In response, the health ministry issued a statement denying parts of Gazeta Wyborcza’s reporting and asking for corrections, reports TVP Info. The ministry said that Szumowski had not sold his shares on 1 June 2017, as the newspaper claims, but before becoming a minister in November 2016.

The minister himself also explained that his decision to legally separate his and his wife’s property was “nothing unusual” and happened in 2008, long before he entered politics. He explained that: “I took a big loan…[and] I preferred that it would not burden my wife and children…So before taking the loan, I decided to separate my property.”

He also admitted that his wife indirectly part-owns OncoArendi through shares in another company, Szumowski Assets, which he transferred to her before entering government. But he estimates that she only effectively owns around 3% of OncoArendi, reports TVP Info.

Defective and overpriced equipment

Łukasz Szumowski has also faced accusations regarding the purchase of medical equipment during the coronavirus pandemic. Last week, it was discovered that his ministry had spent 5 million zloty on masks from a family friend of Szumowski, with his brother helping facilitate the deal.

The masks then turned out to be defective. Prosecutors are investigating the case at the request of the health ministry and Szumowski denies wrongdoing.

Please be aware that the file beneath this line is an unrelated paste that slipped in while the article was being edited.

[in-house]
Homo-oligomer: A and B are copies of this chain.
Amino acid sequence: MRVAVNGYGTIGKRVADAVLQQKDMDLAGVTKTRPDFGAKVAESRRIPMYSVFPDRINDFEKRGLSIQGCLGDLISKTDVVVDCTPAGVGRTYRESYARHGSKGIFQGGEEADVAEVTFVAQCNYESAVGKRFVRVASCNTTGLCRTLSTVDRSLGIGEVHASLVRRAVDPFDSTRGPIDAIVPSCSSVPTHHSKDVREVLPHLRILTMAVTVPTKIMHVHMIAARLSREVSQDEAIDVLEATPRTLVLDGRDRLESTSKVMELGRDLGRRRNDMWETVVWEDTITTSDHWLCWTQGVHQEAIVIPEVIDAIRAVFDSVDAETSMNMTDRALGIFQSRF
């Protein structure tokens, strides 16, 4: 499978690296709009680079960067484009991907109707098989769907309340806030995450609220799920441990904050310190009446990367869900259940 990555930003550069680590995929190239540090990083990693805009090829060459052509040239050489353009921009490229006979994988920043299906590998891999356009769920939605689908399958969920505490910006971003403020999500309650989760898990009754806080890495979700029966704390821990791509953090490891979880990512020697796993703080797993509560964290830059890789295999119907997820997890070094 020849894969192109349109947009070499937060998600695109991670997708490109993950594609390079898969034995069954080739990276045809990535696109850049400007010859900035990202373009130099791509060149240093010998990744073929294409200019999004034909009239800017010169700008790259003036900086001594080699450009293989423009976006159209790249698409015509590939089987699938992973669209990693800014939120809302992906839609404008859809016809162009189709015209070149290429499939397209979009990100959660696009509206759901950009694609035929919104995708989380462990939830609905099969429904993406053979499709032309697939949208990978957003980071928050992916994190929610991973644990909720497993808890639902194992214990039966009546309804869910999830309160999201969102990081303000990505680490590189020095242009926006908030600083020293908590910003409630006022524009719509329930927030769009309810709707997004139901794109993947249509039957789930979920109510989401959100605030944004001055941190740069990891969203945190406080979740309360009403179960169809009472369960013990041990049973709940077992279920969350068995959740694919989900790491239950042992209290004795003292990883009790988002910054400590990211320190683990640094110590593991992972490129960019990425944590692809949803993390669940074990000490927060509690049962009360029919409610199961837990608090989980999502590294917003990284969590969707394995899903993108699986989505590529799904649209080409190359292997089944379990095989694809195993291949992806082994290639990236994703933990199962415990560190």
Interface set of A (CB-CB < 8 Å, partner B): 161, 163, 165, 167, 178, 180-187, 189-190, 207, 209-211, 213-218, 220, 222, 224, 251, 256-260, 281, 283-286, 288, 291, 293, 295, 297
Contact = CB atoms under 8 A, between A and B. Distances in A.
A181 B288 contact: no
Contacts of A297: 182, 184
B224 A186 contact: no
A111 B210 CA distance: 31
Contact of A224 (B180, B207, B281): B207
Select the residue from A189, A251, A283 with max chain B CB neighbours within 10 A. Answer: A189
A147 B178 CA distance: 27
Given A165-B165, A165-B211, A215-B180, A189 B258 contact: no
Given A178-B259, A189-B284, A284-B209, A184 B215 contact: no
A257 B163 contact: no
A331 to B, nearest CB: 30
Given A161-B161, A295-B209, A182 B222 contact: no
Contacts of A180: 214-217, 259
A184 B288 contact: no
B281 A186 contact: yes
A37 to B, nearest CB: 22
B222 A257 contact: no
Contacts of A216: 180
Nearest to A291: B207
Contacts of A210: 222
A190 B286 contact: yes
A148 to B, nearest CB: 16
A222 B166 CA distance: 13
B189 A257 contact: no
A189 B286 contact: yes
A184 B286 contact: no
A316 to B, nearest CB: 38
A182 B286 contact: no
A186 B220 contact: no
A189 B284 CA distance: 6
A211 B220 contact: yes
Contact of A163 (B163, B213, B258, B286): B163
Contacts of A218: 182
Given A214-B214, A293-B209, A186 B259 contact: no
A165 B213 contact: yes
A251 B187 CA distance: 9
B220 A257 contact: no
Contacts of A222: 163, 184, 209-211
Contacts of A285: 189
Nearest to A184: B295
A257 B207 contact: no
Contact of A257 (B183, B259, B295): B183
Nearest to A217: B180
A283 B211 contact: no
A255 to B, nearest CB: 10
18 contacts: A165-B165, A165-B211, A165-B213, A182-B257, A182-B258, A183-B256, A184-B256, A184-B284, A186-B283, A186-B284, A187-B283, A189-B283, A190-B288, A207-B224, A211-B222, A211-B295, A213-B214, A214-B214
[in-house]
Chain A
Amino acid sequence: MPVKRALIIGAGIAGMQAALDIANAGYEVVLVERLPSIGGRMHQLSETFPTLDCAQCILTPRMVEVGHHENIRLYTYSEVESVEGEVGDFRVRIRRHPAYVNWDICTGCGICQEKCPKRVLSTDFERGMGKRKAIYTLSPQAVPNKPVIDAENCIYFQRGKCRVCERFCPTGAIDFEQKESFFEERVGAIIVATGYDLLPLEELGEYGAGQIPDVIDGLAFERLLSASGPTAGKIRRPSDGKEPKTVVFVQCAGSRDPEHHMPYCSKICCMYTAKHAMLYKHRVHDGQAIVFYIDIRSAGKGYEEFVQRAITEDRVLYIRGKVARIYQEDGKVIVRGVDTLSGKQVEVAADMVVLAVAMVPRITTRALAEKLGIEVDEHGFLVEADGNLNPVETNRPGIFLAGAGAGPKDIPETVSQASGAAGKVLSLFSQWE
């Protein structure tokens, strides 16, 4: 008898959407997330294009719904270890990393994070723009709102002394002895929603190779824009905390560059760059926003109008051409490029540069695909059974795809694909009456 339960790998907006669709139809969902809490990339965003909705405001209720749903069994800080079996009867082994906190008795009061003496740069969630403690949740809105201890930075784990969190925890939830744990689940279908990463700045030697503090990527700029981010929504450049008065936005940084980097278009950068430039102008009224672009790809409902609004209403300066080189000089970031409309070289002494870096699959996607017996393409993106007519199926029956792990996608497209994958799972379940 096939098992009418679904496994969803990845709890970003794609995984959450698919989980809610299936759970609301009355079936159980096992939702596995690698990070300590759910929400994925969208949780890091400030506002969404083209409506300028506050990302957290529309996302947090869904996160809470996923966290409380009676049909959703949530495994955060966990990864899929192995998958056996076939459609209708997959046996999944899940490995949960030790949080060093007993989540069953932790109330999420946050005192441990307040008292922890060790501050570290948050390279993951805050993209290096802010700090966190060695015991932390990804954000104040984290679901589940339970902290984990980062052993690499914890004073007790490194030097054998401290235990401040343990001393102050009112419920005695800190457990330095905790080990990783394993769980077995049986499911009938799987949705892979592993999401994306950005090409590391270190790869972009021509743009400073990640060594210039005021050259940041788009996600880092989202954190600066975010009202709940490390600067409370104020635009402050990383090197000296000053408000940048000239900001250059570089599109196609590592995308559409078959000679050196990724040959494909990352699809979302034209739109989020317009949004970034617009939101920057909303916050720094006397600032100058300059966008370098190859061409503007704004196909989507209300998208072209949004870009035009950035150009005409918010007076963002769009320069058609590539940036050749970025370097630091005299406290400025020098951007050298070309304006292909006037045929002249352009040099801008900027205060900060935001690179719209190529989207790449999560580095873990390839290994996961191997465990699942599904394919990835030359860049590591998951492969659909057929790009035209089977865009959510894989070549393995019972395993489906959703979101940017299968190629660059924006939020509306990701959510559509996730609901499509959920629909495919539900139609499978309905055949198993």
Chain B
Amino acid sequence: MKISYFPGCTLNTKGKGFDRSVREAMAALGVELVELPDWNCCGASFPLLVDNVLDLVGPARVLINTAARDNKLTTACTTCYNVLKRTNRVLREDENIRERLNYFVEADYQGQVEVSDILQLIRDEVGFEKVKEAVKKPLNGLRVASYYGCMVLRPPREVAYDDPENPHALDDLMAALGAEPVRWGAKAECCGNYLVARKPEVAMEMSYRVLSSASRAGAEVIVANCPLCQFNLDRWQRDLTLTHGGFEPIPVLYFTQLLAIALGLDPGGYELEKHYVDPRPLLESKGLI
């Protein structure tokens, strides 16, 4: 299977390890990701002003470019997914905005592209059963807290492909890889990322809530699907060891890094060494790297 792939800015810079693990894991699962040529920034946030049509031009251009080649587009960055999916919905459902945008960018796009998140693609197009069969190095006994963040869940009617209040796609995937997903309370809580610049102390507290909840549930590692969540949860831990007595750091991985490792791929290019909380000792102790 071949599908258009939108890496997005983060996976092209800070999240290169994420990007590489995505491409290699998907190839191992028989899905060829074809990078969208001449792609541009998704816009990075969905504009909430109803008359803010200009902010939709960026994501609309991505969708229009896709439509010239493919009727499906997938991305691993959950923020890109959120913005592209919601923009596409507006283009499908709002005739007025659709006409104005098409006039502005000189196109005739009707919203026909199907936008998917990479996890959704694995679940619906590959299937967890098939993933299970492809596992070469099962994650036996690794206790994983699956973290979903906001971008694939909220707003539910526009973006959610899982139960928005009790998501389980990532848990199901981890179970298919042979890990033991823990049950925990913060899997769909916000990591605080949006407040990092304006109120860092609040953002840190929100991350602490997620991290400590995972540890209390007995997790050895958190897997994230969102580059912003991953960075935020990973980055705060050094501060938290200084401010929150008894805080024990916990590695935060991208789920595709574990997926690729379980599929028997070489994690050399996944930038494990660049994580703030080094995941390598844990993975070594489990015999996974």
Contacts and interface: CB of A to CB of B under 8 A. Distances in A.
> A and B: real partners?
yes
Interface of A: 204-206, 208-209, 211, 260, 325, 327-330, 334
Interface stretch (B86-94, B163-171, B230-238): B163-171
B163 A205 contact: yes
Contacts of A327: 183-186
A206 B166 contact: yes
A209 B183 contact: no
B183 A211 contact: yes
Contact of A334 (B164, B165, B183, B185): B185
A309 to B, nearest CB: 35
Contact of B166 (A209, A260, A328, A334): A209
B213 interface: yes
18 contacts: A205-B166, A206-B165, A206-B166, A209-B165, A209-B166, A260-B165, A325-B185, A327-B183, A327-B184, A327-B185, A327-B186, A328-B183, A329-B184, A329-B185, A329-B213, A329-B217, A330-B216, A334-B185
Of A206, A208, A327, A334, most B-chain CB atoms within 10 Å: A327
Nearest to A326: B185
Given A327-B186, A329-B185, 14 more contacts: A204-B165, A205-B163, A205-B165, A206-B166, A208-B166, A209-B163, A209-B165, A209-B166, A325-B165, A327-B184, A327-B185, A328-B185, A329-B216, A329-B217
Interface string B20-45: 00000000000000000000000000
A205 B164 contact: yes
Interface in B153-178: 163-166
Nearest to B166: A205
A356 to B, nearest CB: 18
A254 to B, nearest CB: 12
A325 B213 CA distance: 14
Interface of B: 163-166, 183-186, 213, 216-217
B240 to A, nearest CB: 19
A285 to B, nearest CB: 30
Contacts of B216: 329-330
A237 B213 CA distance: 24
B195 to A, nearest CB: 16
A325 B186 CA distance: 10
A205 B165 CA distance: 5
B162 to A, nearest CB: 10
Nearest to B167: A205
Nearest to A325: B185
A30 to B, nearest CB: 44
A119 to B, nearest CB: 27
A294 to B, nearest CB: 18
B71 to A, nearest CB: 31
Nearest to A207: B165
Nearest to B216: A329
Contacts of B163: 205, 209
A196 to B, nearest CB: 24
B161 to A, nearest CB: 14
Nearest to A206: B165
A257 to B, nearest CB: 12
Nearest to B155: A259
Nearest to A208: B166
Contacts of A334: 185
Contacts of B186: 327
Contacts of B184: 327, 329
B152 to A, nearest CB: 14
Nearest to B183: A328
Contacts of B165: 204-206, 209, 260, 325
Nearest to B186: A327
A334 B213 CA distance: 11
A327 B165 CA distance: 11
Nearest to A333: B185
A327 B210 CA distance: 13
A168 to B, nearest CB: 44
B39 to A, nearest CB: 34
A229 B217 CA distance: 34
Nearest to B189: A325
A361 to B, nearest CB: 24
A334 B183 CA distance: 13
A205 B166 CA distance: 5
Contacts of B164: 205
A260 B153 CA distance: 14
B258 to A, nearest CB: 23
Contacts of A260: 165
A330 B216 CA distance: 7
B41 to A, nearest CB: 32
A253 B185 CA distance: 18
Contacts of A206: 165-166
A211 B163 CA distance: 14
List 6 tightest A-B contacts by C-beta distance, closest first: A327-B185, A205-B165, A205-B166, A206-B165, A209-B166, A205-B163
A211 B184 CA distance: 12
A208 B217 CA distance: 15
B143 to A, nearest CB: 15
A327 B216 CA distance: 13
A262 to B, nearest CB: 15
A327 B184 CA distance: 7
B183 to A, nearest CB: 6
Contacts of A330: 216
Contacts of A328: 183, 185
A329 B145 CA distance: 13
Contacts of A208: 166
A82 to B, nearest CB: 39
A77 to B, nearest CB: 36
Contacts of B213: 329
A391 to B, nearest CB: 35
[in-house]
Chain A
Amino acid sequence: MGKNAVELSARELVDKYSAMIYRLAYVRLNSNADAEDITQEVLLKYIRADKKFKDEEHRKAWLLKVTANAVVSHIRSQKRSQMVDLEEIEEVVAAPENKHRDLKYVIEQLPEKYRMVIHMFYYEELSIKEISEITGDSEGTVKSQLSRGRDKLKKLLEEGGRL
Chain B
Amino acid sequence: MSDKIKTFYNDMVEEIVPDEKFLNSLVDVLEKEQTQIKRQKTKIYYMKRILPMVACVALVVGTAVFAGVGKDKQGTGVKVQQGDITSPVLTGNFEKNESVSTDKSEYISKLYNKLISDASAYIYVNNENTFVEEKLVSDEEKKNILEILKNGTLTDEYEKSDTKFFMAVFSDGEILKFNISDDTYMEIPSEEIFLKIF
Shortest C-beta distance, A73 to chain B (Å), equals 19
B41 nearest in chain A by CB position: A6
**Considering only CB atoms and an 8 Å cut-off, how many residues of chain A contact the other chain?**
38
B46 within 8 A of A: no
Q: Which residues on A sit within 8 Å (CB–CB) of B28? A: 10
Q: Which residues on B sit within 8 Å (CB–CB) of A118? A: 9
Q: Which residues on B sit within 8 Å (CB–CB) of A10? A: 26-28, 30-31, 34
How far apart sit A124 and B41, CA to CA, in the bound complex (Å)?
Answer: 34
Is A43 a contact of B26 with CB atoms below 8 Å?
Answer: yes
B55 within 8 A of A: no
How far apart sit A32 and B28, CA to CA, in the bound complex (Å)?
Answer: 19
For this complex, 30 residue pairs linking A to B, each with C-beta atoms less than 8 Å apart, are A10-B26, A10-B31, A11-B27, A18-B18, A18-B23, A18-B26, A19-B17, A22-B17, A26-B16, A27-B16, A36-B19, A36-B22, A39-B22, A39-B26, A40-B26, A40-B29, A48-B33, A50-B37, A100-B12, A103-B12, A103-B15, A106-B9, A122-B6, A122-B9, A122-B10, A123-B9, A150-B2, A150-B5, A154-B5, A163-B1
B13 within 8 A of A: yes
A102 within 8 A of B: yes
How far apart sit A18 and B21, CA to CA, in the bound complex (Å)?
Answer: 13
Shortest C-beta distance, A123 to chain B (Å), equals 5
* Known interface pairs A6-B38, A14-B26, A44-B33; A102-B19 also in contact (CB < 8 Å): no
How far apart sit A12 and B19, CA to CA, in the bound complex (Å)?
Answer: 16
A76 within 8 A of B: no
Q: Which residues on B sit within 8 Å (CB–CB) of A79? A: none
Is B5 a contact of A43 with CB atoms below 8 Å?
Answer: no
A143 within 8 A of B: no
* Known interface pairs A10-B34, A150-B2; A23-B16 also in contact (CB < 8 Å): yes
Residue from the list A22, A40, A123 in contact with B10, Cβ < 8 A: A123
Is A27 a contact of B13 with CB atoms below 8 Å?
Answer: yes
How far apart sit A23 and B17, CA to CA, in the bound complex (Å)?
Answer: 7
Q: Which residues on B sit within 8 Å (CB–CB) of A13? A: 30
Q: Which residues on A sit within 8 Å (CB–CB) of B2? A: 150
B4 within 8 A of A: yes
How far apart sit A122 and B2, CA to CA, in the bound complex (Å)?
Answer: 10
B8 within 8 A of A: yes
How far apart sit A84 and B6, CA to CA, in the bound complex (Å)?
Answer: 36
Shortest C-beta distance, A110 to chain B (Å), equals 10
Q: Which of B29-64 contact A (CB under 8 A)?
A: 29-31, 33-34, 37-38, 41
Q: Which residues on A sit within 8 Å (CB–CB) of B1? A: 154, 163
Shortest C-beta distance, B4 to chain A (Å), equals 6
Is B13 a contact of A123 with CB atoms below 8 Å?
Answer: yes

Poland’s health minister denies cronyism after government buys “useless” masks from family friend

This week, Gazeta Wyborcza claimed that the health ministry had purchased 200 million zloty of respirators that cost up to twice as much as others available on the market. The newspaper also notes that the owner of the firm selling the respirators was involved in illegal arms trading in the 1990s.

The ministry has also spent 125 million zloty on coronavirus tests that only have effectiveness of 15-20%, according to Dziennik Gazeta Prawna. Earlier this week, the ministry revealed that protective masks purchased from China, in a deal organised by a state-owned firm and facilitated by President Andrzej Duda, had failed safety tests.

Chinese face masks purchased by Polish state-owned firms fail safety tests

In response to this week’s allegations, Szumowski’s government colleagues have leapt to his defence, arguing that he has done an excellent job amid the most difficult of circumstances.